There aren’t very many performers/actors that I admire as much as I do Dick Van Dyke. I grew up watching this man. On television it was The Dick Van Dyke Show and then The New Dick Van Dyke Show. On the big screen it was Mary Poppins and Chitty Chitty Bang Bang. His talent, to me, was about as big as it could possibly get. And so I really looked forward to this autobiography.
Van Dyke doesn’t shy away from some of the troubles he had though his career – his battle with alcoholism was moderately well-known – and he doesn’t get maudlin about it.
I don’t know how much of Dick Van Dyke’s life a career were known before, but, not being much of a Hollywood industry follower myself, a fair amount of what Van Dyke writes is news to me. His start on The Dick Van Dyke Show and how it came to be named after him was fascinating.
While I don’t mind a Hollywood book that isn’t a ‘tell-all’ sleazy style of book, Van Dyke goes almost too far in the other direction. He certainly preserves his image as a clean-cut guy (like a real Rob Petrie or a real Dr. Mark Sloan) who has had some struggles. But he also comes across as a bit of a Pollyanna – wide-eyed and innocent to the darker side of Hollywood.
It is nice to see that there are still ‘good’ people in Hollywood, with a strong moral ethic. I have to say, though, that sometimes it felt as though Van Dyke underplayed a few things in his past in order to keep his image clean. While he admits to some marital strife and a divorce and remarrying, he mentions but glosses over the fact that he had an extra-marital affair. He’s not quite the clean-cut angel he would like to be.
This certainly didn’t do anything to dispel my notion of Dick Van Dyke as being one of the few performers I admire. He’s a heck of a talent and by all accounts, a heck of a nice guy to boot.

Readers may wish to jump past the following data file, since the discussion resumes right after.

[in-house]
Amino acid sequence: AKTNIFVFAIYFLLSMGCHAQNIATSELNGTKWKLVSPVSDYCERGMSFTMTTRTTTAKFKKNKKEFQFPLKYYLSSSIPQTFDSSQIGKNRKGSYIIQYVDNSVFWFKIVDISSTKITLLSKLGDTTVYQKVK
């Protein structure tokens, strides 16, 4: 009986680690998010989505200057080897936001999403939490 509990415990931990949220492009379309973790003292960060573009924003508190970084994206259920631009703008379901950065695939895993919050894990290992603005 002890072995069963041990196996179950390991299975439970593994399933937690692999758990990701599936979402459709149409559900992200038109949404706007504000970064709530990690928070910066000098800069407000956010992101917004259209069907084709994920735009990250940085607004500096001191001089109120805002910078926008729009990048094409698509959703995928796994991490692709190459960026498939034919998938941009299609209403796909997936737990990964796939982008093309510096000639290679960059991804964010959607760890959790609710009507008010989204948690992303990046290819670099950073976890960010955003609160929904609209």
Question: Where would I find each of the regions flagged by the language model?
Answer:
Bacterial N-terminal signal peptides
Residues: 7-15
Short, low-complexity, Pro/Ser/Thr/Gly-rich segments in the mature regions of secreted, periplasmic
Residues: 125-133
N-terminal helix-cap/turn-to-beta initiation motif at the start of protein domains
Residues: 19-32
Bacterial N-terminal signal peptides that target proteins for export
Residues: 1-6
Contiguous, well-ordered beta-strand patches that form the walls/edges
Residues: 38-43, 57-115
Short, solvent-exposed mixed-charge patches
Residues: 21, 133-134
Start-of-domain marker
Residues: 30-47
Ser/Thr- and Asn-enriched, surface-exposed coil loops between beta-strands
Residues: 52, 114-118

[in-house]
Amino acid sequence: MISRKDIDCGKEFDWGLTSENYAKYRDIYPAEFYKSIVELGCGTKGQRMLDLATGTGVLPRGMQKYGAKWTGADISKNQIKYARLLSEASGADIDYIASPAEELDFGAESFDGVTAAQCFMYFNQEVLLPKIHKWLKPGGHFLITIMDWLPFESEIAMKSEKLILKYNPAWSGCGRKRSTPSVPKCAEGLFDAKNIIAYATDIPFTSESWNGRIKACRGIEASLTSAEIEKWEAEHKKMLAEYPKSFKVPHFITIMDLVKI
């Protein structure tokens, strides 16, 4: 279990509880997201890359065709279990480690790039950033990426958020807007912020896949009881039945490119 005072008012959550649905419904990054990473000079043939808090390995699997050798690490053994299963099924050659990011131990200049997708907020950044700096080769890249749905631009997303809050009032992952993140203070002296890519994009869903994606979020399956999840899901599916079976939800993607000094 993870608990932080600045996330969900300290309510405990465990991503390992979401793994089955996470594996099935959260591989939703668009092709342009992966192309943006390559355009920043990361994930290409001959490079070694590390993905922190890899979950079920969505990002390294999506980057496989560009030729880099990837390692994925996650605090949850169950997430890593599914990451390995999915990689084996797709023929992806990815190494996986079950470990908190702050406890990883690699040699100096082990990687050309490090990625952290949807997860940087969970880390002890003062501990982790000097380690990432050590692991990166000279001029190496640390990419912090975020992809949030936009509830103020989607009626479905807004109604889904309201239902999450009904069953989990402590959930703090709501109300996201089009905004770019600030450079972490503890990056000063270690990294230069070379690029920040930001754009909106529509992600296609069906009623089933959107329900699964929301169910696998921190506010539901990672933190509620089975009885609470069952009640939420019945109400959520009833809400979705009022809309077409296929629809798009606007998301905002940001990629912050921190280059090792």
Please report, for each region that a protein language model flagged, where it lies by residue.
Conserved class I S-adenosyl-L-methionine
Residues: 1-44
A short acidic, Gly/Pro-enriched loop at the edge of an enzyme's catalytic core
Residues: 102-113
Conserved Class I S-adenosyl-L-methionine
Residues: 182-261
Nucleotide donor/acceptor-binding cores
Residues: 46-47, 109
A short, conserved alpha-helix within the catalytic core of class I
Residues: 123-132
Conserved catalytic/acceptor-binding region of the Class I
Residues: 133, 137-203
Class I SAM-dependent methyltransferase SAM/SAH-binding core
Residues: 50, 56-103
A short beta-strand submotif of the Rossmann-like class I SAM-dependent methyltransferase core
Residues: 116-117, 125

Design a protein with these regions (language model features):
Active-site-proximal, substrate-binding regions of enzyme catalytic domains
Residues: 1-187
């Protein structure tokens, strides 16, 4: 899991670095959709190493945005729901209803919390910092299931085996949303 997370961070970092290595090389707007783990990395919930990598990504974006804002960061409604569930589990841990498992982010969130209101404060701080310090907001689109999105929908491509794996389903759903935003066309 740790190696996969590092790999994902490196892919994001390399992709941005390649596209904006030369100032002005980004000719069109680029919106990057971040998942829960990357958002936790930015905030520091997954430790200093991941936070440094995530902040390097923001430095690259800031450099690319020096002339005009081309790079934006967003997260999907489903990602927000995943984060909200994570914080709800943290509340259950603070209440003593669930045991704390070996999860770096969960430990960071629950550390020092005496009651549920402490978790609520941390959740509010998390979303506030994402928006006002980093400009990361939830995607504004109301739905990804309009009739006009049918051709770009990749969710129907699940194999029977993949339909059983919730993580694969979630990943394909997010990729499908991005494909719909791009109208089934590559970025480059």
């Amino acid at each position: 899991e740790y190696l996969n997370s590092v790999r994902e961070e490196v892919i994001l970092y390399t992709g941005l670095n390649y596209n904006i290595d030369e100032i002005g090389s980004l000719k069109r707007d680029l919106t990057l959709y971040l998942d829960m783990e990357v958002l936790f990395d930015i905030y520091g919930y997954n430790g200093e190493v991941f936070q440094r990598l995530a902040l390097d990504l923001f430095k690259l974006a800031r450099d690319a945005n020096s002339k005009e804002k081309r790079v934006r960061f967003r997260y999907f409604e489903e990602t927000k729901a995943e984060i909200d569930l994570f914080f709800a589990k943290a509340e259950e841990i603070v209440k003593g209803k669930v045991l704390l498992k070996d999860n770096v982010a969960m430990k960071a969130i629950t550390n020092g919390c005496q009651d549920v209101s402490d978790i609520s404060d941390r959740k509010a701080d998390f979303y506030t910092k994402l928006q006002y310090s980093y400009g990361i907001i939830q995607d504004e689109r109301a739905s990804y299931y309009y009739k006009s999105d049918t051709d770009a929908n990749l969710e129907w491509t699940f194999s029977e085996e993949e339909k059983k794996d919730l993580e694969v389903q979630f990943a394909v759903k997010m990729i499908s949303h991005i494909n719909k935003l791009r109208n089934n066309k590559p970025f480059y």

As a side note, though I’m sure he wouldn’t ever remember it, I met Mr. Van Dyke (sort of). I was a mail-room employee of an entertainment company some thirty years ago. I saw him sitting in the lobby of the company, waiting for a meeting with one of the producers. Though I saw and met a lot of well-known actors come through the doors, this was Dick Van Dyke, and I was willing to risk my job and I walked over, extended my hand, which he took and shook, and I said, “Mr. Van Dyke, I just wanted to say thank you for all the wonderful years of entertainment you brought to me.” (I didn’t get fired, and I don’t think anyone knew I did it except for the receptionist (a friend) and my buddies in the mailroom. But I’ll repeat it now:
Mr. Van Dyke, I just wanted to say thank you for all the wonderful years of entertainment you brought to me … and now to my children as well.
Looking for a good book? My Lucky Life in and Out of Show Business is an autobiography by Dick Van Dyke that reads a little passively and perhaps a little too idealized from the authors point of view, but is informative and provides some insight to a nice guy we’ve almost all seen and loved.
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My Lucky Life in and Out of Show Business
author: Dick Van Dyke
publisher: Crown Archetype
hardcover, 287 pages